In many ways, Littleturtle is already a leader—he has evolved into a positive example for native youth in the region.  Kaya’s voice is a strong tool as well. While his speaking voice is quiet and deliberate, when he sings native songs, he is clarion.  Littleturtle still travels widely on the powwow circuit throughout the country.

Saturday, November 6

Native American Hip Hop Beats

Hemphill Branch Library and online

2301 West Vandalia Road

2-3:00 pm

Learn about Native American Hip Hop and the artists behind it with video
and musical excerpts. We will also discuss the groundbreaking book,
Hip Hop Beats, Indigenous Rhymes: Modernity and Hip Hop in Indigenous
North America by Kyle Mays. We will also learn more about Native American music history. Please call 336-412-6199 or email Ronald.Headen@greensboro-nc.gov to register.

Hosted by the Greensboro Public Library

Saturday, November 13

We are Still Here: 21st Century Native American Perspectives

Glenn McNairy Branch Library

4860 Lake Jeanette Road

3-4:30 pm

Nora Dial-Stanley will be screening her film, Leaving Home, Building Community: Triad Native American History, Presence, and Continuance. An enrolled member of the Lumbee Tribe of North Carolina, Nora has advocated for American Indians in NC for over 30 years. She has played an active role in the Guilford Native American Association as a member of the Board of Directors, Chairperson of the Cultural Committee, Co-chairperson of the Pow-Wow Committee.

Dial-Stanley is the adviser to the Native American Student Association at UNCG. She has volunteered with countless organizations and events across the state as an organizer, public speaker, storyteller, and consultant to educate others on the culture, traditions, and history of her people. Following the screening, there will be a discussion about her experiences as a filmmaker and educator.

Hosted by the Greensboro Public Library

Thursday, November 18

An Evening with Tommy Orange

The Terrace at the Greensboro Coliseum

1921 West Gate City Blvd.

7:00pm

Free Admission

Praised by media and fellow authors alike, There There was named one of The New York Times’ 10 Best Books of the Year, a Pulitzer Prize finalist and Winner of the Pen/Hemingway Award. Tommy Orange was born and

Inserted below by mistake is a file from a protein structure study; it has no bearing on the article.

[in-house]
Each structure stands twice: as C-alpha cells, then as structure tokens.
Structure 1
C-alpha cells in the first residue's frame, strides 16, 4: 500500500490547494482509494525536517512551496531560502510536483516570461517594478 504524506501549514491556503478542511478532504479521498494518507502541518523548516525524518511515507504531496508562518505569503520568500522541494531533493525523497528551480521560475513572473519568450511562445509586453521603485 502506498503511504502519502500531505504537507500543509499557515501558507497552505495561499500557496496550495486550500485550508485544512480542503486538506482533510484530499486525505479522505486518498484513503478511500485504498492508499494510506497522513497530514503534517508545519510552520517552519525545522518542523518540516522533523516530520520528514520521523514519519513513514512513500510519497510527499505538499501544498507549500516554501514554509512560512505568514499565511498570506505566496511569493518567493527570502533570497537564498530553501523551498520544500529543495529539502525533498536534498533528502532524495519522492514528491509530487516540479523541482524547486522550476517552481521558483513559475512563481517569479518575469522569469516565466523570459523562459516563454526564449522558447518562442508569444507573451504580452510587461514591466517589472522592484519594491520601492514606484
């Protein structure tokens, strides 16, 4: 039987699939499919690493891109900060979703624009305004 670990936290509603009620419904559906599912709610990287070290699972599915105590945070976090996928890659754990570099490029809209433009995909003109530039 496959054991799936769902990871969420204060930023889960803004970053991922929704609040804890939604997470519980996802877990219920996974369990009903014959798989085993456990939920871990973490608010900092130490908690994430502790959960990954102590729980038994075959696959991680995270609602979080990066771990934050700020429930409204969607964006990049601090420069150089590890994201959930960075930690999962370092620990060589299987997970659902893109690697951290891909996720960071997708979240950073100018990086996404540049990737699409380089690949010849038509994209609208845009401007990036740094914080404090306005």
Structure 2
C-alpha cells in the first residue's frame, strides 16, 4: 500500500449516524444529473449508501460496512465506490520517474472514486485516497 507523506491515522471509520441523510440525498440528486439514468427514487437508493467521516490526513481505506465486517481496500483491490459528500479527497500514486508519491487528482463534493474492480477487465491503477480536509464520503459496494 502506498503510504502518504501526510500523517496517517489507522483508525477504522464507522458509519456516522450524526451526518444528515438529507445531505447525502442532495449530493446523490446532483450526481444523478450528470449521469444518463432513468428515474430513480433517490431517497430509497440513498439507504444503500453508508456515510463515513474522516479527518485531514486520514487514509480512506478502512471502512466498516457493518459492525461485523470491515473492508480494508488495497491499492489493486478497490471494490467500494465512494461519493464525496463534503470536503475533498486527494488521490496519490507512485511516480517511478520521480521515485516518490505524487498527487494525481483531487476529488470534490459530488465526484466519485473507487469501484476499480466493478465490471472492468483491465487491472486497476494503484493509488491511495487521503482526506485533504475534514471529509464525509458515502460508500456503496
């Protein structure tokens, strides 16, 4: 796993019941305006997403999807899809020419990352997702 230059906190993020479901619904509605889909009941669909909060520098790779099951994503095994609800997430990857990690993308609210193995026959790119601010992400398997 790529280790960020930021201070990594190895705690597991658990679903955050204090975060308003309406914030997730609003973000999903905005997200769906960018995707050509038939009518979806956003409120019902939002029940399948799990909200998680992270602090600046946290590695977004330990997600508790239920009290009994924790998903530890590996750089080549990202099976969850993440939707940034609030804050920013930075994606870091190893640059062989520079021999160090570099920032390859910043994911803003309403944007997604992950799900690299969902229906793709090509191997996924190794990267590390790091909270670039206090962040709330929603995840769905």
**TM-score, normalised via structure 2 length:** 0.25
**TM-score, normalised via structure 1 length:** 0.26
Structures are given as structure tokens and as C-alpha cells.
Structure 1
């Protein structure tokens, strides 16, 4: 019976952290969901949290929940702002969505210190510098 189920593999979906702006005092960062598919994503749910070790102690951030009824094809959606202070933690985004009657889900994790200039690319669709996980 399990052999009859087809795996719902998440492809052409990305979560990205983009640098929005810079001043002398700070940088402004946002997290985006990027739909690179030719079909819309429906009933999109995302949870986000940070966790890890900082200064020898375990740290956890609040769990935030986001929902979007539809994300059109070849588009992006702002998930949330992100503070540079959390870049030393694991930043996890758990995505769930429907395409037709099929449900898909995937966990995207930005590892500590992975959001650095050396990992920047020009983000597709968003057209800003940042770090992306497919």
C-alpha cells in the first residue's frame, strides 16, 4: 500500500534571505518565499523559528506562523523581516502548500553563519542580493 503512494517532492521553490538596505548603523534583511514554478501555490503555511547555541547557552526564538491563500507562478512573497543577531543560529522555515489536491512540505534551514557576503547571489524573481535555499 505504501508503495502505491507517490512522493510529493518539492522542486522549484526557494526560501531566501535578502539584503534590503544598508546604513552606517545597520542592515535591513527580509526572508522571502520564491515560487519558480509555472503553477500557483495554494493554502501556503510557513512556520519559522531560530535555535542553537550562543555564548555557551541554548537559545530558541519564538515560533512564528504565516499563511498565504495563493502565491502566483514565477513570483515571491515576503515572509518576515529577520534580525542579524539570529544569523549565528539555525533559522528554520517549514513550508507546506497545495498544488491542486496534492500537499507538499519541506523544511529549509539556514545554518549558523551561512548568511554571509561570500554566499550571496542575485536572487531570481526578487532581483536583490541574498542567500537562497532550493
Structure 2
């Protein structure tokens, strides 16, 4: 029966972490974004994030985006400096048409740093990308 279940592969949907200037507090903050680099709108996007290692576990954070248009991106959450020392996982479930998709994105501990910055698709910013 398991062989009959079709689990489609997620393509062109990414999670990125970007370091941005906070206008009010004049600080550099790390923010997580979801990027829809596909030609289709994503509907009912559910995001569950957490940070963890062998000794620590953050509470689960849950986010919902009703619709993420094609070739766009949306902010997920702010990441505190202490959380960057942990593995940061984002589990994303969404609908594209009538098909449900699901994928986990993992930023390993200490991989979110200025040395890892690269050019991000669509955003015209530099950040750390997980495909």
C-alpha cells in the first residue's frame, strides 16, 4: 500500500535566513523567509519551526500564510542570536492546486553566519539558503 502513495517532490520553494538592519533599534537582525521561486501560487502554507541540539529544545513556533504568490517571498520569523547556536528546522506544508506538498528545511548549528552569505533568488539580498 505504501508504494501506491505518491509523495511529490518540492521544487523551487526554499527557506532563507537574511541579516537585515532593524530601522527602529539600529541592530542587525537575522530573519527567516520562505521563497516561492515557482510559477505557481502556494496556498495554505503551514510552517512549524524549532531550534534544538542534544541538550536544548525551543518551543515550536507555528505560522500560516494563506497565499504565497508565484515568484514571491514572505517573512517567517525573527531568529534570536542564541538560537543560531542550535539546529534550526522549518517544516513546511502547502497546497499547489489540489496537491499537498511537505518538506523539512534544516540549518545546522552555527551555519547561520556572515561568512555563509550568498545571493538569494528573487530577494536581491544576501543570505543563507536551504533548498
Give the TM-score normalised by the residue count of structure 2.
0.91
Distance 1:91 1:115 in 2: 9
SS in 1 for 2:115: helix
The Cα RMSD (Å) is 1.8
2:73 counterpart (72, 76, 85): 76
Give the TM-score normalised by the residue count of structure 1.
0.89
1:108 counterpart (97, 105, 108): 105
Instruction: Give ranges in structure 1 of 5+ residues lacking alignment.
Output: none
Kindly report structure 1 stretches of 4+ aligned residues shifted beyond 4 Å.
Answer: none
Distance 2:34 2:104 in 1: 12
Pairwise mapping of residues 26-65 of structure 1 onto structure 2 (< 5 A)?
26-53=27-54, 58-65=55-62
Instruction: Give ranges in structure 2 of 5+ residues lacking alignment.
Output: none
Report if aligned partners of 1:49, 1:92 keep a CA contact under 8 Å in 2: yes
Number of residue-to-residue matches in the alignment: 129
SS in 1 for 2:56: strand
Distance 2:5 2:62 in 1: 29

raised in Oakland, California and is a graduate of the MFA program at the Institute of American Indian Arts.  He is an enrolled member of the Cheyenne and Arapaho Tribes of Oklahoma, the son of a white mother and
Native father. Like many of the characters in his book, the author considers himself an “urban Indian.”

photo credit Elena Seibert

There There is a stunning debut novel that follows twelve characters from Native communities as they all travel to the Big Oakland Powwow. With a common history these voices share the plight of the urban Native American with unflinching focus.  There There serves to dispel the historical image of Native Americans as headdress wearing, reservation dwellers by including modern technologies and contemporary behavior. Readers will see that there are many ways to be authentic, displaying a dynamic range of ways to be that are still acceptable as “Native.”

Part of the Greensboro Public Library’s One City, One Book program.

November 1-30

Learn about Indigenous foods with Spartan Dining

The Native American Student Association will provide informational signs in the Moran Commons Cafeteria that educate on the indigenous origins of many common food items.

Additional resources

Native American Student Association at UNCG

National Congress of American Indians

PBS Specials

NC Commission of Indian Affairs

One City, One Book program

Honor Native Land: A Guide and Call to Acknowledgement